Reviewed by Dan Lybarger

January 27, 1998


When Dr. Jenny Pailey (Joanna Going from Inventing the Abbots) and her sister Lisa (Rose McGowan) return to Snowfield, CO, they assume that they're in for a little bit of peace and quiet. The town is even quieter than they expected. Every living creature in the town is either missing or dead. The few bodies that are left don't offer much of a clue to their deaths. The local sheriff (Ben Affleck) shows up to answer a distress call, but he and his deputies aren't much help. In fact, the deputies end up being two of the casualties of the mysterious force. Some scientists sent by the federal government fly in to help, but they wind up dead, too.

The outcome for Phantoms is often self-evident, even if you haven't read Dean Koontz's book. Fortunately, much of what worked about the book shows up on the screen. In fact, some of film's deviations (Koontz also wrote the script) are actually improvements. For example, the new ending is darker, but a lot more fun. Koontz also sheds a goofy subplot involving a crazed murder that, while entertaining, got distracting. Koontz's eye for story construction is still intact. The movie moves like a rocket. In addition, he doesn't dumb down novel's historical references or the technical details.

Koontz's framework is intact, but his instinct for character, which made even the most clichéd of passages compelling, doesn't always translate. With only a few seconds to flesh each individual out, some characters, like the two leads suffer. Affleck is OK as the sheriff, but his back story seems a bit detailed for someone of his age. Two of the supporting players, however, emerge with their vitality intact. Peter O'Toole does ham it up a bit as the burned out former Oxford professor who knows the secret of the town's fate, but he's still a joy to watch. His voice and his screen presence are commanding, and he projects the right note of weariness. Nonetheless, he and the rest of the cast are upstaged by Liev Schrieber (Scream 2). As Affleck's antagonistic sidekick, Schrieber is alternately buffoonish and threatening. Because it never can be ascertained where he's really dangerous, he's far more engaging than some of the simpler protagonists.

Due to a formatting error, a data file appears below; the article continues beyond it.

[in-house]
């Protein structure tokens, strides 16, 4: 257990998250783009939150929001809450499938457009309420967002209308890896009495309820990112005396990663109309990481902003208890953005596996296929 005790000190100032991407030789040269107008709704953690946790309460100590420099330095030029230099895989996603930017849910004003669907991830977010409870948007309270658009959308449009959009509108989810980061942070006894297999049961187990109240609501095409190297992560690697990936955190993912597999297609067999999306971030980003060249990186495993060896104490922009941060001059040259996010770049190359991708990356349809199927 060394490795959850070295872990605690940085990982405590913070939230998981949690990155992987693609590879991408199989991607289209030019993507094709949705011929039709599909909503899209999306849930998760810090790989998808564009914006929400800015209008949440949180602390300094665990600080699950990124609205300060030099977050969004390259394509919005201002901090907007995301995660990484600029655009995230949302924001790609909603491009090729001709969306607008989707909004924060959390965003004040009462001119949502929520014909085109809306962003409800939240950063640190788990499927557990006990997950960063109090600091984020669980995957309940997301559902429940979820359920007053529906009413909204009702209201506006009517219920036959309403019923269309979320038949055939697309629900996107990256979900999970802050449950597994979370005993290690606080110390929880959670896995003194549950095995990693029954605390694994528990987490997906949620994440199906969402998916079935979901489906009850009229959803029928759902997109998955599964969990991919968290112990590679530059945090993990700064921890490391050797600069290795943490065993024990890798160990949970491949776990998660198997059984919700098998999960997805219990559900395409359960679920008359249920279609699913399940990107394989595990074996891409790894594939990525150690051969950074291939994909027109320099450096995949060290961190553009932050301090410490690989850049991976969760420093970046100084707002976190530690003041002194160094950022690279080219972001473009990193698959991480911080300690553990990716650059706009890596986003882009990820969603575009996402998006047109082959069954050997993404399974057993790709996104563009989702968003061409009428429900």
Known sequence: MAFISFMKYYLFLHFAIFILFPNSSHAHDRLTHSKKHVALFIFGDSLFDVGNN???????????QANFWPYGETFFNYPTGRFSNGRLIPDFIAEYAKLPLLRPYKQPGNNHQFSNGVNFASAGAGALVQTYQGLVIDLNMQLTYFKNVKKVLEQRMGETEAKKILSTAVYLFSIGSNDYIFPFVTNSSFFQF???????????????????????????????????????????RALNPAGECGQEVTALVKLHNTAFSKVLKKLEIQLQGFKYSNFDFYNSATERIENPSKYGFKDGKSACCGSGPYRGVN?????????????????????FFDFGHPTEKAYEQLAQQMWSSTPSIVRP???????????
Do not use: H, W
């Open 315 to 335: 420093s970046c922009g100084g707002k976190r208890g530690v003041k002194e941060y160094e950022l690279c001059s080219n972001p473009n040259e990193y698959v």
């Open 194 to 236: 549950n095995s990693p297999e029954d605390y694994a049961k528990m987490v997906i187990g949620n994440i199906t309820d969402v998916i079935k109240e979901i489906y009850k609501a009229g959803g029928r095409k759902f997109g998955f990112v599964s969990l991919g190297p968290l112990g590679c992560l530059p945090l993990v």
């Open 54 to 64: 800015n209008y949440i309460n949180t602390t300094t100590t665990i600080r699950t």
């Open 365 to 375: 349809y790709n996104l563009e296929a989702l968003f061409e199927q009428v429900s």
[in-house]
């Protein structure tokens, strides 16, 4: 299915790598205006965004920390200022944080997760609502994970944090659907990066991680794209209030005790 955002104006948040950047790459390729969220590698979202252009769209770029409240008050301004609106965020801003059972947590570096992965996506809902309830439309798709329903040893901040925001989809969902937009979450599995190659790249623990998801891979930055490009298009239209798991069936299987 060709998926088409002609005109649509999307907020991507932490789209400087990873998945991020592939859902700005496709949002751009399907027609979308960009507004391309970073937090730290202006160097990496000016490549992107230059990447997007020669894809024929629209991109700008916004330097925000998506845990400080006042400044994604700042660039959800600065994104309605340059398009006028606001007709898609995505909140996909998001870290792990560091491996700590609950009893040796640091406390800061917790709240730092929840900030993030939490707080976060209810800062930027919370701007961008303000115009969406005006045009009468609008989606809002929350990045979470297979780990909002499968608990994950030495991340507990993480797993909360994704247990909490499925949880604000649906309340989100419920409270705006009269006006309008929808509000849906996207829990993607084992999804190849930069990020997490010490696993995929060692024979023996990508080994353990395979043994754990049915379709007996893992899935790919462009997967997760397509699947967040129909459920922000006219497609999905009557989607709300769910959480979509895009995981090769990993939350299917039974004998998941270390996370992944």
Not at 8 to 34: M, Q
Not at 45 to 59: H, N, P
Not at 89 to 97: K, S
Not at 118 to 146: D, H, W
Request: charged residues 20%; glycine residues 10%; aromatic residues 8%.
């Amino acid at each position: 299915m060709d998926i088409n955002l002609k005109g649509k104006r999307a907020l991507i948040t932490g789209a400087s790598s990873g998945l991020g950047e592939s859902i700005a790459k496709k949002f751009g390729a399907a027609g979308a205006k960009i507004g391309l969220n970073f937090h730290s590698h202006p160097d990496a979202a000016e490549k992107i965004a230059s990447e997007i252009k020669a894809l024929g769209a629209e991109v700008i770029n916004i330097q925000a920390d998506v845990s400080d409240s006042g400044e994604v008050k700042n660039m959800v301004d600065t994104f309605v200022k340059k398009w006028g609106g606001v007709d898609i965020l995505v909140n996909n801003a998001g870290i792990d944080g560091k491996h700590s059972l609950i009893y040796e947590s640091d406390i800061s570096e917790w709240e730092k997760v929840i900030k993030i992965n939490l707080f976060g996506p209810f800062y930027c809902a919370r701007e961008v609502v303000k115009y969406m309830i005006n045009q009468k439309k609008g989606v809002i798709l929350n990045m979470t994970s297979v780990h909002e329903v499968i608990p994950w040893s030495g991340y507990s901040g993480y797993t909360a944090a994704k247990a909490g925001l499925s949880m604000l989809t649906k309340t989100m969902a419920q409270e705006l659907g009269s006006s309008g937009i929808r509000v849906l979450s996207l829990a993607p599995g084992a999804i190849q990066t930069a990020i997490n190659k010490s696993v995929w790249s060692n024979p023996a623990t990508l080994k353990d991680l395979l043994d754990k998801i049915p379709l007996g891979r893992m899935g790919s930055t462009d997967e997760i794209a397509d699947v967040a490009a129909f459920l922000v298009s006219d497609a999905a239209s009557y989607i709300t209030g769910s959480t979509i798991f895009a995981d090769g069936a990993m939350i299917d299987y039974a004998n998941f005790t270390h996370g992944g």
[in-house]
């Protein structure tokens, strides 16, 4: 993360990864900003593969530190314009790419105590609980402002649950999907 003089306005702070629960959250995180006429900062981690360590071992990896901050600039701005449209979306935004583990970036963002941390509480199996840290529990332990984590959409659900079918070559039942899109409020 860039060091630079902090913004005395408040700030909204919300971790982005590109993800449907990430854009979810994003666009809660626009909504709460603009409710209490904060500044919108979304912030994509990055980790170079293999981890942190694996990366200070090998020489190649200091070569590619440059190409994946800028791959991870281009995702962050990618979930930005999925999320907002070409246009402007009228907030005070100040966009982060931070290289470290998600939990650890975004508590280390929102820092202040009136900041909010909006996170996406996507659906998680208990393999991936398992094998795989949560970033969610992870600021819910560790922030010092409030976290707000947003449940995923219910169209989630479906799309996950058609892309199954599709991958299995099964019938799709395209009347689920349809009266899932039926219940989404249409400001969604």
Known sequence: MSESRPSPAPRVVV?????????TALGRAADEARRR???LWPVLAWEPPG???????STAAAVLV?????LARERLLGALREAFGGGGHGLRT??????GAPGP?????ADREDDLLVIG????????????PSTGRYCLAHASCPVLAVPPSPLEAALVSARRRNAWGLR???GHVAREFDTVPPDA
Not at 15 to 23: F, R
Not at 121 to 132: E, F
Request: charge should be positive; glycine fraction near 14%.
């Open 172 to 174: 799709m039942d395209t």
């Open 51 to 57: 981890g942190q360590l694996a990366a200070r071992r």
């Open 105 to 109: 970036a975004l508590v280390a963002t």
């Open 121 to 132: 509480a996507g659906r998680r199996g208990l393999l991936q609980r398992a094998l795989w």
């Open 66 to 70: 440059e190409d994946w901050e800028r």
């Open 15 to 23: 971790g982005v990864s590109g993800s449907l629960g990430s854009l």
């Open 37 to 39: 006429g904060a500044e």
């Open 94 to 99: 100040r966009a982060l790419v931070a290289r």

Director Joe Chappelle (Halloween: The Curse of Michael Myers) goes a bit overboard with some of the shadows, and the color photography often looks flat. To his credit, he downplays some of the special effects, giving the creature scenes a bit more suspense.

Phantoms isn't the most original or consistent thriller. But when it works it's proof that there are a few genuine screen chills left (R). Rating: 6.




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